If you don't know what Validating your HTML is, it means
testing your web page to confirm that it conforms to the W3C
If you look at the top of many web pages you will see that
before the HTML tag, there is often a line that states the
version of HTML you are writing for. This may look like:
<!DOCTYPE html PUBLIC "-//W3C//DTD HTML 4.0 Transitional//EN">
The W3C (World Wide Web Consortium) as many of you
know, is responsible for developing the HTML standards. If
you have never visited their web site you can get all kinds of
useful information on HTML at w3.org.
One of the free services they provide is HTML validation.
You can also get your HTML tested at WebsiteGarage
and Net Mechanic
So what is the purpose of validating your HTML? For one
thing, it will identify any obvious coding errors. For another, it
will flag a lot of code you did not think was a problem. As
Molly E. Holzschlag states in her book 'Short Order HTML 4'
1999 by Hayden Books.
"One of the most frustrating aspects of using code validators is
that they can be very picky, returning feedback that might or
might not be relevant to your code style. As with a grammar-
checking utility, you've got to rely on a balance between your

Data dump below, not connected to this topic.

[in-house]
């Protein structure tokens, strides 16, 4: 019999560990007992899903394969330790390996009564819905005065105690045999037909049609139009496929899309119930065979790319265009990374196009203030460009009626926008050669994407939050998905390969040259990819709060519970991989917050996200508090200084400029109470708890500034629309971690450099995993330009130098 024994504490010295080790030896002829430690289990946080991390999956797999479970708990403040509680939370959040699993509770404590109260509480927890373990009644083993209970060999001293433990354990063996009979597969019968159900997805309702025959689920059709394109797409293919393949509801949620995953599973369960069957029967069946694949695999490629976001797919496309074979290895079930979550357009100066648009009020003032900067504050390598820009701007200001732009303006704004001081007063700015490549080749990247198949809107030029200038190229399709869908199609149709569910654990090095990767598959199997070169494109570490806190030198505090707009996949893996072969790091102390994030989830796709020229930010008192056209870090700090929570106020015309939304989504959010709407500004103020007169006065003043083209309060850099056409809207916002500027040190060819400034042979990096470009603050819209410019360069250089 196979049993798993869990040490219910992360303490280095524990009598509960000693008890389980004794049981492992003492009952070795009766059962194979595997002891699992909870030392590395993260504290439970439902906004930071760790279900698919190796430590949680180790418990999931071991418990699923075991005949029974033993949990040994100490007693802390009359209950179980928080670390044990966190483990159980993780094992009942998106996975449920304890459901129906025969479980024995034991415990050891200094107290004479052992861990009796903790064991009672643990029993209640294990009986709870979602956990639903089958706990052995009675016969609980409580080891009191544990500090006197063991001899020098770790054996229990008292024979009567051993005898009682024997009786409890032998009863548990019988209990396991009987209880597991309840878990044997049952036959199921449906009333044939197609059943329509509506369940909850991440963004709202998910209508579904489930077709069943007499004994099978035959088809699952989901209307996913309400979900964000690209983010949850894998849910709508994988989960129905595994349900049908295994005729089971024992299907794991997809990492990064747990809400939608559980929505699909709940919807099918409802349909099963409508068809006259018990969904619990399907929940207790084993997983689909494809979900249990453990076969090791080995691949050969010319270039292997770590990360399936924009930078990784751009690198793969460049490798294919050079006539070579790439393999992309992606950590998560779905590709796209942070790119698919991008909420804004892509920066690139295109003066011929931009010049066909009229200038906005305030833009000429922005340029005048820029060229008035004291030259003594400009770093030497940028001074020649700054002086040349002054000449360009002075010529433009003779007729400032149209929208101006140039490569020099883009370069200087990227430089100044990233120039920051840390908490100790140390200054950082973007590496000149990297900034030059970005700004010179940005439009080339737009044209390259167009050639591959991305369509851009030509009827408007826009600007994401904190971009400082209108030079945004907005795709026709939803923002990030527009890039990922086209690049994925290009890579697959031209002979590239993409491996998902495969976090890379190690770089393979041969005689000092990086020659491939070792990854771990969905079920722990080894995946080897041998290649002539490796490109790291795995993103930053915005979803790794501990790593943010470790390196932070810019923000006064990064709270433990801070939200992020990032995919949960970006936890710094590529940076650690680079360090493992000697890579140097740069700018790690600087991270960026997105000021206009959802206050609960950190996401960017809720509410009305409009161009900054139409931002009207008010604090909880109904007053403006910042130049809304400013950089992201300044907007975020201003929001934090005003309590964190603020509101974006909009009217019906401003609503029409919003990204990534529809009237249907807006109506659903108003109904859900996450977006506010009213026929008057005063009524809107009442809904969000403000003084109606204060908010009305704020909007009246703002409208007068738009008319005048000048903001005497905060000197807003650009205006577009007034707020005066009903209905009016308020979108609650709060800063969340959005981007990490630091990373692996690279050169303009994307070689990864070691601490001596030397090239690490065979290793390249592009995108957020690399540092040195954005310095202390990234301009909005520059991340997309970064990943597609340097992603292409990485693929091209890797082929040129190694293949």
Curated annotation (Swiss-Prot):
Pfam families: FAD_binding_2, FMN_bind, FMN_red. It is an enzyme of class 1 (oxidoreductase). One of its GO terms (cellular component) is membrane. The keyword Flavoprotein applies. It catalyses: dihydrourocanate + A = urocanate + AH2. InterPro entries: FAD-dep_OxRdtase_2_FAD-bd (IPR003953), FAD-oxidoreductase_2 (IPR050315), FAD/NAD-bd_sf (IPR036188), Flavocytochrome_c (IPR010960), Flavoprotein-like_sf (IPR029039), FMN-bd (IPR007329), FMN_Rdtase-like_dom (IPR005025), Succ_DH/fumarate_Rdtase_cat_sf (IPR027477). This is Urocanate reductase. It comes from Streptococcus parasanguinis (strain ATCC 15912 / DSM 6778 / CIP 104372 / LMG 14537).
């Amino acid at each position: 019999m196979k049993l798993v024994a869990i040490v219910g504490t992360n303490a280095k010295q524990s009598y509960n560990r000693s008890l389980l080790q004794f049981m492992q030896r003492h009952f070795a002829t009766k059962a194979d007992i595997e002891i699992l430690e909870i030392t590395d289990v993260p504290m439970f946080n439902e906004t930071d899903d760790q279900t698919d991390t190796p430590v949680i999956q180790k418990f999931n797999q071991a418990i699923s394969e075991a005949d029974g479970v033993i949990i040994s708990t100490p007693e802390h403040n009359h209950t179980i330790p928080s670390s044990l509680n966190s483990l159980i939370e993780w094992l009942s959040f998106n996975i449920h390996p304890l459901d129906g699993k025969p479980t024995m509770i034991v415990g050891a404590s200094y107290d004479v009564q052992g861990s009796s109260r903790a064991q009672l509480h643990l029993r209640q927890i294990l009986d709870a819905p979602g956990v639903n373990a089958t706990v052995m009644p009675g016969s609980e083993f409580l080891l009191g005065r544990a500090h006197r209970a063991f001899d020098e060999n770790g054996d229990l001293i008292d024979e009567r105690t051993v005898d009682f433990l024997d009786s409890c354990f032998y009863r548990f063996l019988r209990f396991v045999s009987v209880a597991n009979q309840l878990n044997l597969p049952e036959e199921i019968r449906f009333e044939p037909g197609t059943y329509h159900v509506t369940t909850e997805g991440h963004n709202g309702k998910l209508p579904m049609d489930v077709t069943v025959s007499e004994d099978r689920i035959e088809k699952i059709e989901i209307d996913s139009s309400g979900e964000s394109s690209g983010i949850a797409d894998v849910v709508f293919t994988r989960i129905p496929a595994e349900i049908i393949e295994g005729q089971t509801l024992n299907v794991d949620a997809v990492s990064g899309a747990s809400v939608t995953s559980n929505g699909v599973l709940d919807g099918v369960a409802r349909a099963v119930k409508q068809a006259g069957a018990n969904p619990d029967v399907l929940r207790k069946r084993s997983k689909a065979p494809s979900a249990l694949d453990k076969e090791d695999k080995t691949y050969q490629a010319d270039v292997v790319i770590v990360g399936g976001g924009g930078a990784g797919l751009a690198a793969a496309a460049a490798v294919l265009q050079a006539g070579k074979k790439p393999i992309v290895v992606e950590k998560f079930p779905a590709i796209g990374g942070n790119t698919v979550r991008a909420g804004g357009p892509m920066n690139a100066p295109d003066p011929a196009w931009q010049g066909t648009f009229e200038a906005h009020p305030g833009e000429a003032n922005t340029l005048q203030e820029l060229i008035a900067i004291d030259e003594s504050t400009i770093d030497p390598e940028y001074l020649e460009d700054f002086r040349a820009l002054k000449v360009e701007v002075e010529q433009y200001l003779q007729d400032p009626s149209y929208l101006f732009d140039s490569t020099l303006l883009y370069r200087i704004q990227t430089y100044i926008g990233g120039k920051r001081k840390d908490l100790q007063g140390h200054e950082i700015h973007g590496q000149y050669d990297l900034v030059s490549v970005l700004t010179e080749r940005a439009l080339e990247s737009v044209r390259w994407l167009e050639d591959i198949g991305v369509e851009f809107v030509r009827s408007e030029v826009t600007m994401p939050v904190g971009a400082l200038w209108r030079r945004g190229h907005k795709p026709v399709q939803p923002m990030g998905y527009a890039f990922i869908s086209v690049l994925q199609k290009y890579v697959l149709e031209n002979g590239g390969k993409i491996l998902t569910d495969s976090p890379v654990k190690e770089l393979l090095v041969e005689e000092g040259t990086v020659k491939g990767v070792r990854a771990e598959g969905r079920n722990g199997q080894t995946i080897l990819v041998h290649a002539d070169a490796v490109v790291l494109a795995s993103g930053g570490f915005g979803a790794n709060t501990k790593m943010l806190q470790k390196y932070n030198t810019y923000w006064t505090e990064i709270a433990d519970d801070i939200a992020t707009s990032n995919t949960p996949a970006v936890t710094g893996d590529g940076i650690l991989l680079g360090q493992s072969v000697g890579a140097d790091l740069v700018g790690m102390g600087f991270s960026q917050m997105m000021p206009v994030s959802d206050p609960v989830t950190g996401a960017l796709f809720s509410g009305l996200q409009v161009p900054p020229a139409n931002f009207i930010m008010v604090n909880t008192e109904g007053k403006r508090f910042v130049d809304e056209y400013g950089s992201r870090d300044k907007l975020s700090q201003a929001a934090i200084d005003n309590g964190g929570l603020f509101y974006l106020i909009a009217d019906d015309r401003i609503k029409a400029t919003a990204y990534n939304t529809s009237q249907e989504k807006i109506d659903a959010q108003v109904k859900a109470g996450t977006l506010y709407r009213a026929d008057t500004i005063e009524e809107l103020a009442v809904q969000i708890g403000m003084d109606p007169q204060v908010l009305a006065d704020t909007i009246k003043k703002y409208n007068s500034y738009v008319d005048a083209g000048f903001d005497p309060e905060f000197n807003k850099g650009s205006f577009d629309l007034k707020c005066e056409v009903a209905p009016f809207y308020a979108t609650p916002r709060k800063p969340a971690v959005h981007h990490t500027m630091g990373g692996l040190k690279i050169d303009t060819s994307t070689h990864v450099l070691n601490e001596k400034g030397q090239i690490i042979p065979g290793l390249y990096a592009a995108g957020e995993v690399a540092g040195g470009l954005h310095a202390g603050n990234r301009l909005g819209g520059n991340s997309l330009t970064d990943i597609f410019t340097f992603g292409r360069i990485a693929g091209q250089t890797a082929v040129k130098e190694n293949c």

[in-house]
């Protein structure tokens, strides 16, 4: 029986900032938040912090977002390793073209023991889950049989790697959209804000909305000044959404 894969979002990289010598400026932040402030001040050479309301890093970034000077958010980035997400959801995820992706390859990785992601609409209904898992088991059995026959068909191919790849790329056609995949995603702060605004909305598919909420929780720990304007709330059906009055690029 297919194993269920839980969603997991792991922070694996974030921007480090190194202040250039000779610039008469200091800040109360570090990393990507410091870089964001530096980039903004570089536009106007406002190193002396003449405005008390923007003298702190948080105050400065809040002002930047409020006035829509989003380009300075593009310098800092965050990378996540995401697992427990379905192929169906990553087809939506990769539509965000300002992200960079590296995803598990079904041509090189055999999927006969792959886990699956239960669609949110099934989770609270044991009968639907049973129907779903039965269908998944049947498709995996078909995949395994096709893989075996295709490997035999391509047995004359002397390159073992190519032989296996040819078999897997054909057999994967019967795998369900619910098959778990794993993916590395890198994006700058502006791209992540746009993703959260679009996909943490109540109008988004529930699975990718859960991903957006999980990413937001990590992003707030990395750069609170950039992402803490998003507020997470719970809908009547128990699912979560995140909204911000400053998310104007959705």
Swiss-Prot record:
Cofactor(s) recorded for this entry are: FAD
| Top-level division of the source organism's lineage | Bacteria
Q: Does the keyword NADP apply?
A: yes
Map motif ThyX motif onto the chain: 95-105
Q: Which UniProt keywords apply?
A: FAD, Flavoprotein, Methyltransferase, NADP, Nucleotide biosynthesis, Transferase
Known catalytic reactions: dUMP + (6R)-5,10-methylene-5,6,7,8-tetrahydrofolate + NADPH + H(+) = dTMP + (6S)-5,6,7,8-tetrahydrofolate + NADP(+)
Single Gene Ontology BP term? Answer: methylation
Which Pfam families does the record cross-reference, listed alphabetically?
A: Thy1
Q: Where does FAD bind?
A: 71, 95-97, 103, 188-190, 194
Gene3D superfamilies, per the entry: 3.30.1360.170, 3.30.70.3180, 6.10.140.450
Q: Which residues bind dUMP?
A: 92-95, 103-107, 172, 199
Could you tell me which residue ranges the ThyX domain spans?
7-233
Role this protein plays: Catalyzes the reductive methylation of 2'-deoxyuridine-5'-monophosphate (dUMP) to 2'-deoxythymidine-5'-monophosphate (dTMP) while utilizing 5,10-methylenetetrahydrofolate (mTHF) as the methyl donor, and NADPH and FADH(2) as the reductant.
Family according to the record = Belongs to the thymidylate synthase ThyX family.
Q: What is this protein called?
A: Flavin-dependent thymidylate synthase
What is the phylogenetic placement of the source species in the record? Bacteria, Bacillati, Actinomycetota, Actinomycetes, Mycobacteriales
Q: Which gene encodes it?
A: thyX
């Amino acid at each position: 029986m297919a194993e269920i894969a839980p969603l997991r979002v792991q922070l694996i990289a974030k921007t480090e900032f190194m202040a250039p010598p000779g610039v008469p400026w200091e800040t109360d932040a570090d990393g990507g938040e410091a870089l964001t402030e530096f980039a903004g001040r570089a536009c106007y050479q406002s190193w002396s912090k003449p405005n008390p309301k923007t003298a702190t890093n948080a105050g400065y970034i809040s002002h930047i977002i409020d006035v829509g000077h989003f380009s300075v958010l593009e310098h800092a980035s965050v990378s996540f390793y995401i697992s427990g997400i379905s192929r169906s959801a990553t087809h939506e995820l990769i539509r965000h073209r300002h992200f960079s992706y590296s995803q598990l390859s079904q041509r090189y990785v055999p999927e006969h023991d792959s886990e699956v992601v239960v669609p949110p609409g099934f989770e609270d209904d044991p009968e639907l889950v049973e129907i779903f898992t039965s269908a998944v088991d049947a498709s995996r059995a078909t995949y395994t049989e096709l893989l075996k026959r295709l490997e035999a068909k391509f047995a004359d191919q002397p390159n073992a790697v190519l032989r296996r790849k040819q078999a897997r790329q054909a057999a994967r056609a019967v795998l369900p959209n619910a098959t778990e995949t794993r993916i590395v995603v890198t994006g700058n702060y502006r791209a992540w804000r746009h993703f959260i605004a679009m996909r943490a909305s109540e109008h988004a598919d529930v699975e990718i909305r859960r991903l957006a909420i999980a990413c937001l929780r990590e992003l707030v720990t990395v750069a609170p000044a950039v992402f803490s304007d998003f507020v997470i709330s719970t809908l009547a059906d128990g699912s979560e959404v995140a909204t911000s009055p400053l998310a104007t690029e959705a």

personal knowledge and the feedback obtained using the
One of the problems that compounds the feedback from a code
validator is the fact that neither of the two major Browsers,
Netscape Navigator and Internet Explorer, have ever strictly
conformed to the existing W3C standard. If the most popular
Browsers don't conform, then what is the sense in trying to
make your HTML code conform?
The advantage with standards is that they try to pull
competing developers to a common center. Without the W3C
standards there would be chaos that would require that HTML
designers develop web pages for each browser, similar to
software that has to be developed separately for Windows,
Mac and Unix. It is through competition however, that new
technology, ideas and opportunities are developed. That
explains why America Cup Yacht designers and Browser
manufactures are trying to push beyond the current standard.
For web designers, it is important to remember the primary
reasons you are developing a web site. This are usually for the
benefit of your business, your passion or your customer's
business and indirectly for the benefit of the site's visitors.
Your HTML code is simply a means to this end.
From this perspective, validating your HTML can be a very
useful tool. Use it to find potential problems with your code
and easy fixes. Don't however, use it to test that your web site
is fully operational. For that you need to use as many different
browsers and computer configurations you can get access too.